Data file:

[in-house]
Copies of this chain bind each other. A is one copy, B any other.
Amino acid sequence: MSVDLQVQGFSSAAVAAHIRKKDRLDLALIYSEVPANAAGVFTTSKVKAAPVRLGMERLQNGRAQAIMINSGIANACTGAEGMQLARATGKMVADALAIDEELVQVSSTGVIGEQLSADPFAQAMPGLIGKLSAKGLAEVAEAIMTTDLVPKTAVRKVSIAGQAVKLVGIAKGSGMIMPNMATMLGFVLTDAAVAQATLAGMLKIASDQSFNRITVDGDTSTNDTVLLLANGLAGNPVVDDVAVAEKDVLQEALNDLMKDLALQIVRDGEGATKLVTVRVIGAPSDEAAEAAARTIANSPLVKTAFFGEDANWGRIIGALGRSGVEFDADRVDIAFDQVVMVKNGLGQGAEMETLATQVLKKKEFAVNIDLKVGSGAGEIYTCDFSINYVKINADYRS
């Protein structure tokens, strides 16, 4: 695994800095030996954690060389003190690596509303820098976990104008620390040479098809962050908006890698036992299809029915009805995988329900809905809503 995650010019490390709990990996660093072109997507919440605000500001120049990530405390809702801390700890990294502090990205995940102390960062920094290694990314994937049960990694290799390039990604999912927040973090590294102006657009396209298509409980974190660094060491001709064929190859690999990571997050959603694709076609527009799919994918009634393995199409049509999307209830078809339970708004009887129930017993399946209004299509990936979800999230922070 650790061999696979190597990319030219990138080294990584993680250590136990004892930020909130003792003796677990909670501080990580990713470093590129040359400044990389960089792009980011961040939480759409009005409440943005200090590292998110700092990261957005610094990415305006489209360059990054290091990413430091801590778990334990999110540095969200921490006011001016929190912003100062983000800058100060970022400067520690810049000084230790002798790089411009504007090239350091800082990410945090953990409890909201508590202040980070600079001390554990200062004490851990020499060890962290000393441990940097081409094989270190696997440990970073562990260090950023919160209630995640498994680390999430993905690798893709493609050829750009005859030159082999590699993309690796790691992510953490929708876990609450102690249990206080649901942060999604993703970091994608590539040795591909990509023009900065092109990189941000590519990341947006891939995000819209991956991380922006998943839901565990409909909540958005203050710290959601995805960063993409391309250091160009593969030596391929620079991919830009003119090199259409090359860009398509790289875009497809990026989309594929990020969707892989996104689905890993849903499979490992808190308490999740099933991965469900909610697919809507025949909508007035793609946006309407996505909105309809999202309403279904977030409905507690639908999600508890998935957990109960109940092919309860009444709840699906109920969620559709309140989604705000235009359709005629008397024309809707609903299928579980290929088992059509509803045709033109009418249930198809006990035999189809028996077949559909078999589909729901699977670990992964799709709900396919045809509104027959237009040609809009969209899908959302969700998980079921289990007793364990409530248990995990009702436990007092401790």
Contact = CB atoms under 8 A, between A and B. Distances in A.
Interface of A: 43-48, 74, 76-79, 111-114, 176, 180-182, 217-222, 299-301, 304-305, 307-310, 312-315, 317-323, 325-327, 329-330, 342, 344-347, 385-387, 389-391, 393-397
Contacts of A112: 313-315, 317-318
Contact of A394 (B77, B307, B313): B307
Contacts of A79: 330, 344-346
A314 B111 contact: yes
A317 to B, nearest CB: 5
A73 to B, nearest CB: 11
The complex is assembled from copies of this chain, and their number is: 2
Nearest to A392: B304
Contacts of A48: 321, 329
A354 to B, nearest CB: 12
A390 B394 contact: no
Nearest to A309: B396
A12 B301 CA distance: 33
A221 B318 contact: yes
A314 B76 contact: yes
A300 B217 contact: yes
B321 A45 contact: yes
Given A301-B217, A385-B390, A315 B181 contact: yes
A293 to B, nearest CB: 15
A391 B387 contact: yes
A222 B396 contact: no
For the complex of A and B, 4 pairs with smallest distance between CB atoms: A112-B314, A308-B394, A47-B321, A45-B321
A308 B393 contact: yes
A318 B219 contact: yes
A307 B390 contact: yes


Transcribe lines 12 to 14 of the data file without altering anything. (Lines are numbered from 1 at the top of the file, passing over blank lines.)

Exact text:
A73 to B, nearest CB: 11
The complex is assembled from copies of this chain, and their number is: 2
Nearest to A392: B304